A Game's Quest for Online Success
"I don't think there's any other field where you can find a failure rate this high and still find people willing to invest," said Mark Jacobs, general manager of the Fairfax game studio EA Mythic. "The failure rate is unbelievable."
Jacobs was talking about his own section of the video game industry, the realm of online games where players pay a monthly subscription fee to participate as characters in a virtual world. In the past 11 years, by his count, fewer than 10 titles have met some level of financial success. The number of expensive flops is a lot larger.
Mythic's new title, Warhammer Online, went on sale Thursday after three years of development. The sword-and-sorcery game is the 13-year-old studio's first release after its 2006 acquisition by publisher Electronic Arts.
"This is what will determine how smart EA was when they bought us," said Jacobs, "or how dumb we are."
Jacobs declined to specify the size of the investment in the game but said, "you have to spend $50 million these days if you want to compete with the big guys." From talking to Jacobs and his boss at EA Games, it seems clear that Mythic is indeed aiming to compete against the big guys with Warhammer Online.
It's easy to see why a publisher would crave a success in this area. Most game titles bring in a one-time purchase price of $50, but games like Warhammer Online also typically bring in a $15 monthly fee for Web access to their virtual worlds. World of Warcraft, the phenomenally popular title in this genre, is a money-minting machine with a whopping 10 million subscribers. No other game has come close to hitting such a figure.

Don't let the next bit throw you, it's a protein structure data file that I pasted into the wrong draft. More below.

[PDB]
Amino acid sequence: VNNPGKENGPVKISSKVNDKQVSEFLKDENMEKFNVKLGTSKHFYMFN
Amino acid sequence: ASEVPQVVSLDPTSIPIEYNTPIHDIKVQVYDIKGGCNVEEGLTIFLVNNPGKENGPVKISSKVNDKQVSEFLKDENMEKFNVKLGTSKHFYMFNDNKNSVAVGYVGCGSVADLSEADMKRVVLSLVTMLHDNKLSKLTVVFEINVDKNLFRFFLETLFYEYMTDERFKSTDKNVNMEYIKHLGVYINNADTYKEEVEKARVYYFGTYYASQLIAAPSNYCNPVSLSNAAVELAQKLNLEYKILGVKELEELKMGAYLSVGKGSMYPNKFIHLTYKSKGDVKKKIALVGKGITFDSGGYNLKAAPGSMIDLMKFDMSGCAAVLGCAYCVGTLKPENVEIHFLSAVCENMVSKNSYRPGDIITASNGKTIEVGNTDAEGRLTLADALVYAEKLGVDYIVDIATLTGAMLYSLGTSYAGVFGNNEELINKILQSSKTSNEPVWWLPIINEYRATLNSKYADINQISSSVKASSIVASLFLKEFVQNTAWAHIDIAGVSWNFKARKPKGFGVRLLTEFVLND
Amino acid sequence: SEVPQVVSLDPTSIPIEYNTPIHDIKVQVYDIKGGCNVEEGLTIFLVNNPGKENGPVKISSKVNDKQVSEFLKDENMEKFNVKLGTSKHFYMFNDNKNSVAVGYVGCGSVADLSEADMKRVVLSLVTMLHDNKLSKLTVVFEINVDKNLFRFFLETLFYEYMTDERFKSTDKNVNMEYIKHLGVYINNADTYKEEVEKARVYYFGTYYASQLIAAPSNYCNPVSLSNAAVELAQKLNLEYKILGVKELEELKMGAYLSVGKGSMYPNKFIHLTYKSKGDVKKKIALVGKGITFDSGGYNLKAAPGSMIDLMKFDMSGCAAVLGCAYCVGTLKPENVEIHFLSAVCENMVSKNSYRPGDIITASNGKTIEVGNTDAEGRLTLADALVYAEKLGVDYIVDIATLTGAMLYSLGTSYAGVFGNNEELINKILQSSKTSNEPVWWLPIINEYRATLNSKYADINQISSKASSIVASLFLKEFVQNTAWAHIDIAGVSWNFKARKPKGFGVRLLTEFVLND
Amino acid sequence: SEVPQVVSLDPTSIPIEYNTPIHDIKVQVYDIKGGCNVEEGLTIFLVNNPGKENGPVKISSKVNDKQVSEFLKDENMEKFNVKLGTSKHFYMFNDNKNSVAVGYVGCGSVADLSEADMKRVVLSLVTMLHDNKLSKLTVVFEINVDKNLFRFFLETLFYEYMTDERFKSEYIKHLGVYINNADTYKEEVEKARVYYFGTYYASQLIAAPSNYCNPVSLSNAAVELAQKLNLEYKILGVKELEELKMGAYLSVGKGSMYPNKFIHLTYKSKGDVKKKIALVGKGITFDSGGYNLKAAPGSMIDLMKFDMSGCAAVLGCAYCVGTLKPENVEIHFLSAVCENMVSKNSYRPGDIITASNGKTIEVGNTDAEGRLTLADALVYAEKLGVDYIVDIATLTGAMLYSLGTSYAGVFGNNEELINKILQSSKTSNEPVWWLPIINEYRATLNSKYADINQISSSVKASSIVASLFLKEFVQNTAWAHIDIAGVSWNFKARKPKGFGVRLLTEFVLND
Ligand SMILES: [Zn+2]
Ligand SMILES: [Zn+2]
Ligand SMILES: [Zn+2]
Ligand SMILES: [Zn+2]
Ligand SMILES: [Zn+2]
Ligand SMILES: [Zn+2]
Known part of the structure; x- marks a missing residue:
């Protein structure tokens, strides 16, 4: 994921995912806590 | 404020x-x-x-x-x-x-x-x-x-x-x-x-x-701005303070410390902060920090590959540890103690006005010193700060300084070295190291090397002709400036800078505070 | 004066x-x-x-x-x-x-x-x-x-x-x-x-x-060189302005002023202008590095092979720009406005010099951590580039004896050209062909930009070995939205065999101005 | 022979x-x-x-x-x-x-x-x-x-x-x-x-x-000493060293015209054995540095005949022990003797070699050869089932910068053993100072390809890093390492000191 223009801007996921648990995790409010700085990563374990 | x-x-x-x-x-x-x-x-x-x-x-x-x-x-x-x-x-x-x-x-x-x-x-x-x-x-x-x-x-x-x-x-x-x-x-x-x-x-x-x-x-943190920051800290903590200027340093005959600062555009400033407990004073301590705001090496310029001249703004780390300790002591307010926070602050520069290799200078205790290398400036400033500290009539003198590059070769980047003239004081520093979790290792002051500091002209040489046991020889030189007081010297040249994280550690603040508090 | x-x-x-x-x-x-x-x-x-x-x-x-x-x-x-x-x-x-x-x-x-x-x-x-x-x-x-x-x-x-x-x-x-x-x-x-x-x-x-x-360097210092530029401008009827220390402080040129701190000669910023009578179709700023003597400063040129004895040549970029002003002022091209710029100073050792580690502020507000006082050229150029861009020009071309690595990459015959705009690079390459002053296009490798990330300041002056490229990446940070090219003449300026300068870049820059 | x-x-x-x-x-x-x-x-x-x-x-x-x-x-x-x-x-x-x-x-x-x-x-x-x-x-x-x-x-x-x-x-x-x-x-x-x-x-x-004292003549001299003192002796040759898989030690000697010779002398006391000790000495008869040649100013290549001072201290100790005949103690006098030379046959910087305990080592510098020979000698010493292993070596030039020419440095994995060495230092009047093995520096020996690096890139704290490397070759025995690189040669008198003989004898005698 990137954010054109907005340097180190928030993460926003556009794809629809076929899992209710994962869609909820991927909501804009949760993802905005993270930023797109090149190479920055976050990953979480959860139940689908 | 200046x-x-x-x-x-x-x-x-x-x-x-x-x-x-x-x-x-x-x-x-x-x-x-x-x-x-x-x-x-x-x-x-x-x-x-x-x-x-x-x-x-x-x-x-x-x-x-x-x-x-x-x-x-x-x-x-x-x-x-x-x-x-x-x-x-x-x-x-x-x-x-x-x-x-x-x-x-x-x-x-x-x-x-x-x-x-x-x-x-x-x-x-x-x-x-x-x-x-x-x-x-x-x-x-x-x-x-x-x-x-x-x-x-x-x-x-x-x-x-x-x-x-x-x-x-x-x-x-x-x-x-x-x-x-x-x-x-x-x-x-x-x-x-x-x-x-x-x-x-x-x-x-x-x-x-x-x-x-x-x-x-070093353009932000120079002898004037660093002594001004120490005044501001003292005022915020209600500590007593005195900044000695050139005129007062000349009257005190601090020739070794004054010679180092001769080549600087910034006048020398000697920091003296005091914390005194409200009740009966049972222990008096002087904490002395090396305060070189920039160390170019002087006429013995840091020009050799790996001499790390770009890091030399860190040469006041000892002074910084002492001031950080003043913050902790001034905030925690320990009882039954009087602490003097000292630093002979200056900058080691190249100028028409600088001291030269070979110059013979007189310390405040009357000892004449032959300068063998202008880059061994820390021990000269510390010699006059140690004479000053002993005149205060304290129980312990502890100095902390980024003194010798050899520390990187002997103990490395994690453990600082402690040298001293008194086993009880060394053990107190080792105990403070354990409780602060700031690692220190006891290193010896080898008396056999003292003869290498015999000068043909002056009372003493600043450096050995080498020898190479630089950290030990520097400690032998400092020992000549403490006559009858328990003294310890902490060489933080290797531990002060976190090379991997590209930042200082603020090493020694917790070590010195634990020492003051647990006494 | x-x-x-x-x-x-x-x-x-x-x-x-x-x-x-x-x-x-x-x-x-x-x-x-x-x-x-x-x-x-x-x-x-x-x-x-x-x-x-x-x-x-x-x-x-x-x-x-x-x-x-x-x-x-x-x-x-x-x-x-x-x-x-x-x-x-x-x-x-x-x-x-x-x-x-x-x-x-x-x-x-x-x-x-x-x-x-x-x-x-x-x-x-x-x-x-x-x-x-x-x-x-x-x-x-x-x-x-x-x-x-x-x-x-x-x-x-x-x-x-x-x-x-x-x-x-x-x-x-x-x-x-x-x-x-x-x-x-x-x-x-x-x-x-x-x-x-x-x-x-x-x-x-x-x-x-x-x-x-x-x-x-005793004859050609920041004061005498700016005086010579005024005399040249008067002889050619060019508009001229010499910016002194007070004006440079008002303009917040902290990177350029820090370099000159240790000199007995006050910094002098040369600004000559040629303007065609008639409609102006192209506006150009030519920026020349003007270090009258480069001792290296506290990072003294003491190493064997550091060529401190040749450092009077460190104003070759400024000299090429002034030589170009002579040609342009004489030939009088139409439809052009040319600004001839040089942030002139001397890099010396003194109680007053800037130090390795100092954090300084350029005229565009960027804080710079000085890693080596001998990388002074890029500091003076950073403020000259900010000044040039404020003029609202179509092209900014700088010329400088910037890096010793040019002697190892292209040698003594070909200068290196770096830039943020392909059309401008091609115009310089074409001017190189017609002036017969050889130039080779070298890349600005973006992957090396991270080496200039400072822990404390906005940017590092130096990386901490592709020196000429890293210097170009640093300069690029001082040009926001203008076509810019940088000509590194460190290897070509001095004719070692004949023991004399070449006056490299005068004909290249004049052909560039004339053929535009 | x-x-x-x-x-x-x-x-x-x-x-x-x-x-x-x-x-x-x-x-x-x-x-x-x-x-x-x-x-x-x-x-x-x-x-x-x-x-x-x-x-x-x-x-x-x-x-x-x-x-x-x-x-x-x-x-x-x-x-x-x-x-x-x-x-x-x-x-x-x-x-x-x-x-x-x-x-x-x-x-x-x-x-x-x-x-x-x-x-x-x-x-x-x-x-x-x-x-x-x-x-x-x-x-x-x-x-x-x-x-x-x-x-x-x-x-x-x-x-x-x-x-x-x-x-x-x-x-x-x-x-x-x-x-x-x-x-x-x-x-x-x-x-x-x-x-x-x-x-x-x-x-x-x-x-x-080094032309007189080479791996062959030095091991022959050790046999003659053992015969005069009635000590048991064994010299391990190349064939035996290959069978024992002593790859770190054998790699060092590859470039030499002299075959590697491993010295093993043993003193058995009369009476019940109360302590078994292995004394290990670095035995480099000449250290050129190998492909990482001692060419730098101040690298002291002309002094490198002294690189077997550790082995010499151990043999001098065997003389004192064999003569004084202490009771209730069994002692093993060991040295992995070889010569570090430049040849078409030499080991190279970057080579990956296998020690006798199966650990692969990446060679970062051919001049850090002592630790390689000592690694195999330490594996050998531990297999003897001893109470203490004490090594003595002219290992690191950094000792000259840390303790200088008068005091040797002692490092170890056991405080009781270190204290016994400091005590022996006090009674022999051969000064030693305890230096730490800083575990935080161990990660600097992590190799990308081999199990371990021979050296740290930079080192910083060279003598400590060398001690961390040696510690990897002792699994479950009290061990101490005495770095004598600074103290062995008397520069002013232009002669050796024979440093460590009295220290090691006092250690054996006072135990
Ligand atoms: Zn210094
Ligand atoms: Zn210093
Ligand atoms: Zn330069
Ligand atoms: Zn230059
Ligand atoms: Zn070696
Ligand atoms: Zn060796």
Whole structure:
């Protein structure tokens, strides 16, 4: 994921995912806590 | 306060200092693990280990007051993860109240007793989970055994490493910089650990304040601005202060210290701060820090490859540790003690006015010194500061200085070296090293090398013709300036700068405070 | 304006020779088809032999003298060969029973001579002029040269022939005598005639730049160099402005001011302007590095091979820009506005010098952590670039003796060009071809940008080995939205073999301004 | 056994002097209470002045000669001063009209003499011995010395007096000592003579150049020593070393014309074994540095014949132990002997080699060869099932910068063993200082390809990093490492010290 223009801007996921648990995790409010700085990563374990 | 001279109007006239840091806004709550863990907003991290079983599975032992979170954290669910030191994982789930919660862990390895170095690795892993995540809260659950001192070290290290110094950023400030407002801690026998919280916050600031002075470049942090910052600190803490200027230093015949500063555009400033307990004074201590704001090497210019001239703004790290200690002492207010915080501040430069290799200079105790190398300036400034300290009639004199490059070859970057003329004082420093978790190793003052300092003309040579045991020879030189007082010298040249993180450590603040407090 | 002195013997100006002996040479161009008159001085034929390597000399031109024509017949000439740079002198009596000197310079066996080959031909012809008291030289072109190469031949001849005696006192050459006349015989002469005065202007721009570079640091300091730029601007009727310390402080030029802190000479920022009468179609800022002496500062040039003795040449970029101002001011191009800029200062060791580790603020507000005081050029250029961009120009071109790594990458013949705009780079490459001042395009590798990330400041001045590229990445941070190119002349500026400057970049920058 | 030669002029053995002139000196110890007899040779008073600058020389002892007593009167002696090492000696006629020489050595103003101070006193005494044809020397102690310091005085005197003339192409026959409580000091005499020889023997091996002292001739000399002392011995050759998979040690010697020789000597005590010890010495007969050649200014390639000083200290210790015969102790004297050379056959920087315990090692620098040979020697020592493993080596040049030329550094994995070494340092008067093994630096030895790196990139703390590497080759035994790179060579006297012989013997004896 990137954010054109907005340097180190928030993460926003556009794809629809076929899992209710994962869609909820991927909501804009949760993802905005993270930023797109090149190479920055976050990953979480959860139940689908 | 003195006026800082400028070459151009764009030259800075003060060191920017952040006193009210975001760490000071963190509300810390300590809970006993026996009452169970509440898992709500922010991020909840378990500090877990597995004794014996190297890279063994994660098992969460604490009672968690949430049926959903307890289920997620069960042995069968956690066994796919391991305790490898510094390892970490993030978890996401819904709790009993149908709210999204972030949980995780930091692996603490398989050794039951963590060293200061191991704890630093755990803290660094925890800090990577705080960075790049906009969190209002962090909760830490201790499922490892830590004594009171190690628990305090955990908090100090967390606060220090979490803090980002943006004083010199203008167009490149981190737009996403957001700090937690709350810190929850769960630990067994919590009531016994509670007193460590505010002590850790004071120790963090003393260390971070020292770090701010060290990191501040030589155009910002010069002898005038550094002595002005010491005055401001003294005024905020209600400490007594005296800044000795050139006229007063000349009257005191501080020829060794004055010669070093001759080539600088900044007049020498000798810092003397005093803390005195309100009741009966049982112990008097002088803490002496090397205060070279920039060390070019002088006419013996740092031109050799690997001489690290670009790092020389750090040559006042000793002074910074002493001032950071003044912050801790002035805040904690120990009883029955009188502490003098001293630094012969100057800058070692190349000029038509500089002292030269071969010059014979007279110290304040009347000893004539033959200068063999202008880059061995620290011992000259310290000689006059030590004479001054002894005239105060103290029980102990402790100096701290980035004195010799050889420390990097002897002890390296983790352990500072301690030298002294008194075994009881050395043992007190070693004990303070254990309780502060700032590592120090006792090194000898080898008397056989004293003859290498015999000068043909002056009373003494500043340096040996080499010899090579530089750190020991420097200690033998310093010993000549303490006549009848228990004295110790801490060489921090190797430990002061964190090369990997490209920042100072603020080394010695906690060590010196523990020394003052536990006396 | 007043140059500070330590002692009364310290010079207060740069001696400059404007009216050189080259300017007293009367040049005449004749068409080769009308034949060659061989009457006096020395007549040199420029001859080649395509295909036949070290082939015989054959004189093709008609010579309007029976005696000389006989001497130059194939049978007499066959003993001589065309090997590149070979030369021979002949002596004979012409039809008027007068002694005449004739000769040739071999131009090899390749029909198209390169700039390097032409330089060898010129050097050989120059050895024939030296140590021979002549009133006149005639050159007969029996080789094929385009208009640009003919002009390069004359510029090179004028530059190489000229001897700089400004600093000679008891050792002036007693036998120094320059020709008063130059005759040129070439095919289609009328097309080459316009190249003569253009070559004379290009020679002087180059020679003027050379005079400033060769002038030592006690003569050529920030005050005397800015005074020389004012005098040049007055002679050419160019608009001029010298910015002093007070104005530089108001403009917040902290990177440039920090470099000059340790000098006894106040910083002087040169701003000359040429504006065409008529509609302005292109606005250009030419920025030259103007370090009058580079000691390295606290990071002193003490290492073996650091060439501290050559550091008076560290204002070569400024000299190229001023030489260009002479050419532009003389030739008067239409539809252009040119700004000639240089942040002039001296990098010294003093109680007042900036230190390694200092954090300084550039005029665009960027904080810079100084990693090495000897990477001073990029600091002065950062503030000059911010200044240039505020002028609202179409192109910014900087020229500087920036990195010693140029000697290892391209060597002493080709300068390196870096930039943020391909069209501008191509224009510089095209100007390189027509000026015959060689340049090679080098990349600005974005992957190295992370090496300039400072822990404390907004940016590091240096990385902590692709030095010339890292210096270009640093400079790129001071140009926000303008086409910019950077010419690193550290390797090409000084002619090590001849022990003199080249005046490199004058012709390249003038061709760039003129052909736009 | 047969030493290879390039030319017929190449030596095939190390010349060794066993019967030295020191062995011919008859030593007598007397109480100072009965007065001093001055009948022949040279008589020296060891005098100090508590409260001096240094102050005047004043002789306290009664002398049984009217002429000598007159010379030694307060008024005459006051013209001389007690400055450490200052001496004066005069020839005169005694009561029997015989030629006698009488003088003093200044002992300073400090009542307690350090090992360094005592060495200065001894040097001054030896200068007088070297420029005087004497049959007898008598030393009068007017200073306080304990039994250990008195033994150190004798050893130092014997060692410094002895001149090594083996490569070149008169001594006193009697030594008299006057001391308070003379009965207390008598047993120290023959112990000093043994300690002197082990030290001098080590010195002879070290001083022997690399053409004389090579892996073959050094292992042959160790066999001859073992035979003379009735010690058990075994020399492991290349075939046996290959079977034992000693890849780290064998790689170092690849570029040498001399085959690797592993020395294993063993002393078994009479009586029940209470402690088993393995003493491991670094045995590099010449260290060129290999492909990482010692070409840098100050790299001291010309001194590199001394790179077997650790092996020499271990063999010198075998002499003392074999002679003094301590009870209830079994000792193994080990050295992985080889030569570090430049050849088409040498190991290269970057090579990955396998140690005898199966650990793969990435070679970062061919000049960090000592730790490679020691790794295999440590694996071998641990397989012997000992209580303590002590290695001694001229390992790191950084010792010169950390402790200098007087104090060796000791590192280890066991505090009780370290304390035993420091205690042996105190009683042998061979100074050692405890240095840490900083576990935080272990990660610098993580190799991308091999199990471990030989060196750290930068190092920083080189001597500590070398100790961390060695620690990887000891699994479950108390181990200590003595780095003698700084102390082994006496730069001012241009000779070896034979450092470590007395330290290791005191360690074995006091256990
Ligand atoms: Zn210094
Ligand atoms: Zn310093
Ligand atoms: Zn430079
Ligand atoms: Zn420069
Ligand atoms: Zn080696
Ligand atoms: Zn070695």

Frank Gibeau, president of EA Games, the division of the publisher that owns Mythic, said the mainstream popularity of World of Warcraft has shown this market's potential. "The game industry is only just starting to scratch the surface for the opportunity out there," he said.
Gibeau agreed this segment of the industry has had some expensive failures but said that if no other "massively multiplayer online" games have been hits in WoW's wake, it was because they haven't been good enough. "We're the first quality MMO to release since World of Warcraft was released," he said.
Mythic has been the successful underdog before. Years ago, when the local studio was a small start-up, Mythic's well-liked title Dark Age of Camelot competed against a Sony title called EverQuest for gamers' attention and dollars. Camelot had a peak subscriber base of 250,000, compared with a half-million subscribers for EverQuest, the dominant title at the time.
"They came out of nowhere and built a big and very successful business," said Gibeau of Jacobs and his team.
Until recently, Gibeau was a World of Warcraft player himself; in this industry, a hands-on familiarity with "WoW" is nearly a given. The executive says he gave up the habit two months ago and now spends his spare time playing Warhammer.
In Warhammer Online, players can take on roles as dwarves, warriors and elves, to list a few options. Players starting the game choose to side with one of two factions -- they can fight on the side of the "Empire," or they can pick a role as one of the sinister-looking members of "Chaos." Mythic's game designers figure they have put in enough quests and adventures to provide around 200 hours of content for the average player, not counting the time a player might spend socializing online with his or her fellow wizards and swordmasters.